Doing identity: Transcultural learning through children's and young adult literature
Susanne Reichl, Friday 12.00-12.30

This presentation will bring together, rather eclectically, theoretical components that lend themselves to a conception of transcultural learning approach in the English language classroom, and suggest principles and activities to put such an approach into practice.The theoretical component of my abstract title, "doing identity", has been coined in the context of transdifference studies, and fits in well with notions of culture in the classroom as advanced by Claire Kramsch, the phenomenon of transculturality as suggested by Wolfgang Welsch, and several brands of intercultural learning as developed by the Gießen-group or by Michael Byram). I will also bring principles of reading to the discussion, such as pattern recognition and the construction of meaning, in order to show how culture and identity can be constructed, can be understood, in reading.
"Doing identity" is such a useful concept because it makes identity, which replaces the rather hazy notion of "culture" in this suggestion, understandable as something changing, instable, and always in flux. Because it is based on a constructivist notion of identity, it fits in well with cognitive views of reading, both challenging monolithic and essentialist notions of meaning, identity, and culture. This gives students more agency to engage actively in exploring issues of identity, and provides plenty of opportunities for the action- and production-oriented language learning activities that are so much in demand now.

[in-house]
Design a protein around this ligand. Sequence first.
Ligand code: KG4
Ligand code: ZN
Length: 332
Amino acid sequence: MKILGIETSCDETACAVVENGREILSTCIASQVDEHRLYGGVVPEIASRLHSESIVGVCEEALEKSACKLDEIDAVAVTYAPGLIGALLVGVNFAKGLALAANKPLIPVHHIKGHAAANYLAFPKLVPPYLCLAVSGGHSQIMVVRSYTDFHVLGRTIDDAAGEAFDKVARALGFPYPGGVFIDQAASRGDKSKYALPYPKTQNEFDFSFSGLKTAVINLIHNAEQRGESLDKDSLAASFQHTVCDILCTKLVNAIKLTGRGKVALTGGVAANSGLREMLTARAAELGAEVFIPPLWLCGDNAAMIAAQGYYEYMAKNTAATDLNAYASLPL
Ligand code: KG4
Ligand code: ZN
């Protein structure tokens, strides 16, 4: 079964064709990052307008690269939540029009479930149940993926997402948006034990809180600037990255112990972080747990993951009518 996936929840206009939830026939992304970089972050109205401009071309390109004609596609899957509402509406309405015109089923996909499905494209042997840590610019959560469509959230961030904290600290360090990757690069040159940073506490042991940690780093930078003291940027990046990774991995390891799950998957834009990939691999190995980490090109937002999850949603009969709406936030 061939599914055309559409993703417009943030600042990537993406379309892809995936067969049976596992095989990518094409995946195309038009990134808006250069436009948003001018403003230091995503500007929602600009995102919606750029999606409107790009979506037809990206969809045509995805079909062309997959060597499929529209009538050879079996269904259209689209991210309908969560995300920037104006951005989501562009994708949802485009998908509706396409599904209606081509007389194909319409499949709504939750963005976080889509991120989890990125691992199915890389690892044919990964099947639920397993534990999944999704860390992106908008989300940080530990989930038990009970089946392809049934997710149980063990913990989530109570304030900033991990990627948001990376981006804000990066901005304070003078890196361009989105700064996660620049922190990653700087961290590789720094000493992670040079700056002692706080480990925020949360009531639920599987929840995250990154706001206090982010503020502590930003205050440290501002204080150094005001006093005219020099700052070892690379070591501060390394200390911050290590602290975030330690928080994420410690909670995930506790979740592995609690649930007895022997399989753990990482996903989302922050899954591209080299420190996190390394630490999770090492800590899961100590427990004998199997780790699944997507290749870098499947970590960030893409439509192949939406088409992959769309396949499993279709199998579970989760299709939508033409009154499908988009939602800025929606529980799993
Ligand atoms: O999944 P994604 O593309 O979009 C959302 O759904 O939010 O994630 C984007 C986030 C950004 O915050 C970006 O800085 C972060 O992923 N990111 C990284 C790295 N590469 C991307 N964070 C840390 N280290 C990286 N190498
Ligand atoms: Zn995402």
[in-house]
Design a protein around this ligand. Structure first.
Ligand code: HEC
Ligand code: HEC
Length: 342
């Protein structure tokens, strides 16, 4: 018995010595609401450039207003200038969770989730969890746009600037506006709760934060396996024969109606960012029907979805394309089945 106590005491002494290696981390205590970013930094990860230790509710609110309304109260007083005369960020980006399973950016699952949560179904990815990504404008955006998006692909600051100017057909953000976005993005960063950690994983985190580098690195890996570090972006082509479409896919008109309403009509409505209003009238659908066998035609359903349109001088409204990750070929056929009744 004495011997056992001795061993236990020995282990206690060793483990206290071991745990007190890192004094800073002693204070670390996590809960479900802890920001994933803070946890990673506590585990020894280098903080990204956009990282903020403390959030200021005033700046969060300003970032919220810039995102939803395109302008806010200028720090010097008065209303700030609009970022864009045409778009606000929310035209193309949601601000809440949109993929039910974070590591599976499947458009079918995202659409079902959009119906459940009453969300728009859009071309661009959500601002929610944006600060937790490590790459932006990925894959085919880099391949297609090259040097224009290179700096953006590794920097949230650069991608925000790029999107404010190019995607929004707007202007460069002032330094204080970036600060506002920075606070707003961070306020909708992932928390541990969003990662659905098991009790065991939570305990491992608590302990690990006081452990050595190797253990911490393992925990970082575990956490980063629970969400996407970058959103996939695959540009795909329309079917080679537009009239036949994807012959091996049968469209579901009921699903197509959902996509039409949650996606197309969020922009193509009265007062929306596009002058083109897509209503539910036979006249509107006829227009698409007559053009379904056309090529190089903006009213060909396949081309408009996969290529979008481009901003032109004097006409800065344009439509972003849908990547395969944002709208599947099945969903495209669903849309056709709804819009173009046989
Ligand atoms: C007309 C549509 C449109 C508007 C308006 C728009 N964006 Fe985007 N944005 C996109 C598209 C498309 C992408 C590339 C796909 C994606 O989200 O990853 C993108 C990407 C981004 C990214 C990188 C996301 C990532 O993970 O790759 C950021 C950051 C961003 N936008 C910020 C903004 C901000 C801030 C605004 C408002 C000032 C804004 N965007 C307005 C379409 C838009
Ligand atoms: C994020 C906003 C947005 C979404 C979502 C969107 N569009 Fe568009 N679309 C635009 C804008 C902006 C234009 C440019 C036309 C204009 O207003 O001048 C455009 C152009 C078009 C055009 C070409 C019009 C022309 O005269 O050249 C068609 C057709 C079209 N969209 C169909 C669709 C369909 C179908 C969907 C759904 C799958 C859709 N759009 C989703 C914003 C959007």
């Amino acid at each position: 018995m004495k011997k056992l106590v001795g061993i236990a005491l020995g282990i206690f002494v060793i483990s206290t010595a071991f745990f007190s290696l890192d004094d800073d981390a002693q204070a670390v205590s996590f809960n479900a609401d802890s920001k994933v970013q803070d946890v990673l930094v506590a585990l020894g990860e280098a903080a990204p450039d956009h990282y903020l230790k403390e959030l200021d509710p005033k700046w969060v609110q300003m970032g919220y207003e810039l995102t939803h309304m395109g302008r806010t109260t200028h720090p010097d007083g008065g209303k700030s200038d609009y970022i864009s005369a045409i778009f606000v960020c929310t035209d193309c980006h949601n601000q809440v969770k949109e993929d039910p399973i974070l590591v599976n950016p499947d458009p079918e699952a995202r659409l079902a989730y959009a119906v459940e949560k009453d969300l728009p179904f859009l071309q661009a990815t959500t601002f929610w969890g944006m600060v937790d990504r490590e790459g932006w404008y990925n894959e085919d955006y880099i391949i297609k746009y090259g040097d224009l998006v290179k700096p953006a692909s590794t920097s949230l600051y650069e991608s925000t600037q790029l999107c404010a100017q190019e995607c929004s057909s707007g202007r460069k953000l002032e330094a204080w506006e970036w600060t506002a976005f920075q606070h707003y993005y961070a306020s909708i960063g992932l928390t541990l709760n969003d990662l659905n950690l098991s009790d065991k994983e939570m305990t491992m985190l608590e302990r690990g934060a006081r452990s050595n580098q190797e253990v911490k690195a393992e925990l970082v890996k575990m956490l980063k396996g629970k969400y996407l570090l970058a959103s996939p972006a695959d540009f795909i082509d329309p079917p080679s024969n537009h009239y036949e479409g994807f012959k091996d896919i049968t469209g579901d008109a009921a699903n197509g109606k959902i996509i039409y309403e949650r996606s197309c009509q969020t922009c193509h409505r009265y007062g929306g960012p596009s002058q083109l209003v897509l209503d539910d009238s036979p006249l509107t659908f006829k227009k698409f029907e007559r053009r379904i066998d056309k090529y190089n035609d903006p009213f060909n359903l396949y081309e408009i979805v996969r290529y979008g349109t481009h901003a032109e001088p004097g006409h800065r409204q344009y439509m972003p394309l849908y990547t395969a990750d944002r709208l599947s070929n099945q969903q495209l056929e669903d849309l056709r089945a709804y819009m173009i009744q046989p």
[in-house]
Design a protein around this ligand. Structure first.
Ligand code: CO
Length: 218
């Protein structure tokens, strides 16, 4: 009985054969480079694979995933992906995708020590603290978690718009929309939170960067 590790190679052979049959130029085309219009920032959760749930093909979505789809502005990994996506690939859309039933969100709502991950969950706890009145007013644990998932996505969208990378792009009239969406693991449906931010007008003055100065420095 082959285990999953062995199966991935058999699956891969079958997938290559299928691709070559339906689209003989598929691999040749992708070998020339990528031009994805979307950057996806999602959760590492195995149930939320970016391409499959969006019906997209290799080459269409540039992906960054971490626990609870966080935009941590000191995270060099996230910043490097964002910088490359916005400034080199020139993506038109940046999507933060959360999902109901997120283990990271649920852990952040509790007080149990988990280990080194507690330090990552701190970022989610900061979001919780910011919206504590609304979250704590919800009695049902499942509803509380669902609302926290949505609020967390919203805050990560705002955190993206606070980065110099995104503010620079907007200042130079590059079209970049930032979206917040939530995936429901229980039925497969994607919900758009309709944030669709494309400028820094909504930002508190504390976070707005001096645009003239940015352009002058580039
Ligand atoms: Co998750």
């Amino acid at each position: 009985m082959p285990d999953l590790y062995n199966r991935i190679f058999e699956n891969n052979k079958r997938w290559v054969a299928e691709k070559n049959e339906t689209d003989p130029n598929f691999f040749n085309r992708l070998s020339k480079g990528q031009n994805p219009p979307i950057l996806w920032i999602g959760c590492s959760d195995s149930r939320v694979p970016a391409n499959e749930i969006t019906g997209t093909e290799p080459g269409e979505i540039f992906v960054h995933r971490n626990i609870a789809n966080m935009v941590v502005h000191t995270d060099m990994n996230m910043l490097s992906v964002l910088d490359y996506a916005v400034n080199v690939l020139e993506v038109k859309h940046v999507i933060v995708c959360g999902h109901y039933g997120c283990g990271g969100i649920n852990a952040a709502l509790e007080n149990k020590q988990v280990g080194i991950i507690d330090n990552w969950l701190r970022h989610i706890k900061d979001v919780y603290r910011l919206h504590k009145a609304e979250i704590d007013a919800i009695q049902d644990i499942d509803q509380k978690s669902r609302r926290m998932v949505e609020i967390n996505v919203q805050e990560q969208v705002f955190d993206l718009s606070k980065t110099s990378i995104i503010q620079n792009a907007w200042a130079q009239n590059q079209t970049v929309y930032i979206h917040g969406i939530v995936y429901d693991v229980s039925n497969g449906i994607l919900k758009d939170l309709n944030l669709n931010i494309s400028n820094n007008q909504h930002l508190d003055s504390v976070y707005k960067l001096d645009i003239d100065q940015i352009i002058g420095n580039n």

In my examples, I will mainly be referring to literature for young readers that focusses on issues of ethnic or cultural identity, and demonstrate how, by constructing meanings from literature, students can "do identity" in the language classroom, while at the same time "doing language".
Examples will be taken from the work of Malorie Blackman, Benjamin Zephaniah, Beverley Naidoo, Sherman Alexie, and others.

PD Dr Susanne Reichl teaches and researches literature, cultural studies, and teaching methodology at the University of Vienna. Her research areas are children's and young adult literature, postcolonial studies, the teaching of reading strategies, tales of time travel, British cultural studies, and contemporary fiction in English. Cognitive principles, critical practice: Reading literature at university is just about to be published with Vienna University Press (September 2009).